Review: HTC’s Vive Wireless Adapter solves one of VR’s biggest problems

HTC today launched its latest salvo in the war to win the hearts and minds of VR early-adopters: The Vive Wireless Adapter. We got our hands on one, made fun of how it looks, and then got lost in virtual reality with no tether to lead us home.

The Vive Wireless Adapter is an accessory device for HTC’s Vive and Vive Pro headsets. As the name suggests, it allows you to use either headset without a tether. It’s a pretty ingenious little device.

But it does give your headset less of a “futuristic device connected to a giant computer with cables” look and more of a “this person has an antenna on their head” vibe.

I didn’t care, but I can imagine at some point there’s going to be a discussion about the aesthetics of these things. It can wait until the first generation is fully invented.

Here’s how it works: You remove the giant cable bundle currently attached to the headset, slap on an antenna, and wear a battery on your waist like a reality-TV star. It does require a small amount of computer savvy to set up – you’ll have to install a PCIe card – but beyond the hardware installation it’s a breeze.

Once the Vive wireless software is installed, all you have to do is connect the headset to the battery and turn them both on. You don’t have to go through any setup routines, or press and hold a button for five seconds until it blinks while simultaneously pressing a button on a different piece of gear to sync things up. I was up and running in just a couple minutes.

I’ve spent a lot of time in virtual reality. But I’ve never had an experience quite like using the Vive headset without a tether. I can walk around with a Samsung Gear VR, which has no wires, but the experience is far from immersive. And immersion is everything in VR.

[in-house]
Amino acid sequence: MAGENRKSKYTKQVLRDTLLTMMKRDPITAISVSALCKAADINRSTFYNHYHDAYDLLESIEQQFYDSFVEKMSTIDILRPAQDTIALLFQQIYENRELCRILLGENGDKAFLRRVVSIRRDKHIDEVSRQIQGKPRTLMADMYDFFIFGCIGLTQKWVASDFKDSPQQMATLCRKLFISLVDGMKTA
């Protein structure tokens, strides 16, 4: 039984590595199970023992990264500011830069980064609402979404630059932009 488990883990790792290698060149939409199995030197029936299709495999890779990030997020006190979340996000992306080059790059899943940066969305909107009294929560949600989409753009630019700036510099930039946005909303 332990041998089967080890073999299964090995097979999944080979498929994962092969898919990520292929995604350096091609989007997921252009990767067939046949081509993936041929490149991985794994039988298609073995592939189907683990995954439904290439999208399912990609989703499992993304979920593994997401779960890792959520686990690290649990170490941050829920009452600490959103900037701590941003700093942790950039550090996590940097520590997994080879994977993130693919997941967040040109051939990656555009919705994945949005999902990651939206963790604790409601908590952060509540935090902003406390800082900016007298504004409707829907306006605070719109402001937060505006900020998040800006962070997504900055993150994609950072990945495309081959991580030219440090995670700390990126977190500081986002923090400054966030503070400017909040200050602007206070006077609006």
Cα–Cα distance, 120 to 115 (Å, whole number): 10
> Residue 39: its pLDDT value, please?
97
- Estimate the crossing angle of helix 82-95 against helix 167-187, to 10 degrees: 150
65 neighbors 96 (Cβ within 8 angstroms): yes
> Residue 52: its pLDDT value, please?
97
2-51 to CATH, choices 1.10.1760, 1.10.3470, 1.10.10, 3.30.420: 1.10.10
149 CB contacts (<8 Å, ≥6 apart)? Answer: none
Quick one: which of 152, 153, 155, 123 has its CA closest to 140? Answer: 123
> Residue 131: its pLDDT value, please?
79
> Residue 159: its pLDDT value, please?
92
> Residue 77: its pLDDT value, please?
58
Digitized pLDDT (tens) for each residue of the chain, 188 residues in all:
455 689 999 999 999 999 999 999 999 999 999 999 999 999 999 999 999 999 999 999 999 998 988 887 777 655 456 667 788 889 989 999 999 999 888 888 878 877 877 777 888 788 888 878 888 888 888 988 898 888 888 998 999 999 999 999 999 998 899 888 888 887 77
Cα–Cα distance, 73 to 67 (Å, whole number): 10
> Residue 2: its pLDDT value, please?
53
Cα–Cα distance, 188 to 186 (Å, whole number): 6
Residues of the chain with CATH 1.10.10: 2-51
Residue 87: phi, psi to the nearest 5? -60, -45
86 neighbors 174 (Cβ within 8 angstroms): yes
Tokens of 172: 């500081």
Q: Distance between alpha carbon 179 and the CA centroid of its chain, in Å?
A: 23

The adapter doesn’t add anything to your gaming experience – that’s a good thing. It takes away a bit of weight, the headset feels better on your head without the wires pulling you back. It also takes away the fear that you’re going to step on the wires and yank the headset off your face.

But, best of all, it takes you away. It’s so much easier to get lost in VR – especially if you can operate in your play space without causing the chaperone grid to appear – when you’re not worried about anything but what’s happening in your headset.

The Vive Wireless Headset works perfectly. And that’s the benchmark for a product like this: It can’t work “well” or “good,” it has to be problem-free. I didn’t experience a single drop, glitch, or second of perceived lag. As far as I could tell – over a handful of games – there’s absolutely no discernible difference between using the Vive headset with and without the wireless adapter.

I wasn’t able to see what kind of range it has, though it worked perfect at 3-5 meters in my testing. I also didn’t get a chance to run the battery dead, but it did take about 3 hours to charge out of the box.

At this point, you simply can’t buy a better VR experience than a Vive Pro headset with the wireless adapter. You can wait a few years for a less expensive fine-tuned experience that doesn’t involve you removing wires or installing cards, but if you want it now there aren’t any other options.

The Vive Wireless Adapter works with the Vive and Vive Pro – but the Vive Pro version is a bit more expensive. It’s also compatible with the Deluxe Audio Strap for the Vive headset.

They’re available now. The Vive version is $299.99 and the Vive Pro version is $359.99